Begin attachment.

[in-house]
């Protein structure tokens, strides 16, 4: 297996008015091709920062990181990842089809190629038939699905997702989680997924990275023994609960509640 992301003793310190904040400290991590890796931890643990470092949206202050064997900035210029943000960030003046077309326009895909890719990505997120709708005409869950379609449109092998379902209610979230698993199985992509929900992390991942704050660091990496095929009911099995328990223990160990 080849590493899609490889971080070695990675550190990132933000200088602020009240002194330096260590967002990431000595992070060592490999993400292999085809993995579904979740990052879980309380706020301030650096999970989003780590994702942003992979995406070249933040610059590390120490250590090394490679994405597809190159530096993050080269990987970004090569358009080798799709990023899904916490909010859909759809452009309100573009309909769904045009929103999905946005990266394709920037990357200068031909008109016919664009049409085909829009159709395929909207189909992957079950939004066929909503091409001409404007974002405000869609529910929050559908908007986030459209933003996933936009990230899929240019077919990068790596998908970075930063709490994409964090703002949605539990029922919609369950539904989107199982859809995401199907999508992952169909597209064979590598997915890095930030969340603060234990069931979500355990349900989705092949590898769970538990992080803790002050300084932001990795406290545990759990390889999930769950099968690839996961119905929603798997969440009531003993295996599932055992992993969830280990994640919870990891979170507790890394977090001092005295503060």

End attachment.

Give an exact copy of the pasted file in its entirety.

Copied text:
[in-house]
């Protein structure tokens, strides 16, 4: 297996008015091709920062990181990842089809190629038939699905997702989680997924990275023994609960509640 992301003793310190904040400290991590890796931890643990470092949206202050064997900035210029943000960030003046077309326009895909890719990505997120709708005409869950379609449109092998379902209610979230698993199985992509929900992390991942704050660091990496095929009911099995328990223990160990 080849590493899609490889971080070695990675550190990132933000200088602020009240002194330096260590967002990431000595992070060592490999993400292999085809993995579904979740990052879980309380706020301030650096999970989003780590994702942003992979995406070249933040610059590390120490250590090394490679994405597809190159530096993050080269990987970004090569358009080798799709990023899904916490909010859909759809452009309100573009309909769904045009929103999905946005990266394709920037990357200068031909008109016919664009049409085909829009159709395929909207189909992957079950939004066929909503091409001409404007974002405000869609529910929050559908908007986030459209933003996933936009990230899929240019077919990068790596998908970075930063709490994409964090703002949605539990029922919609369950539904989107199982859809995401199907999508992952169909597209064979590598997915890095930030969340603060234990069931979500355990349900989705092949590898769970538990992080803790002050300084932001990795406290545990759990390889999930769950099968690839996961119905929603798997969440009531003993295996599932055992992993969830280990994640919870990891979170507790890394977090001092005295503060």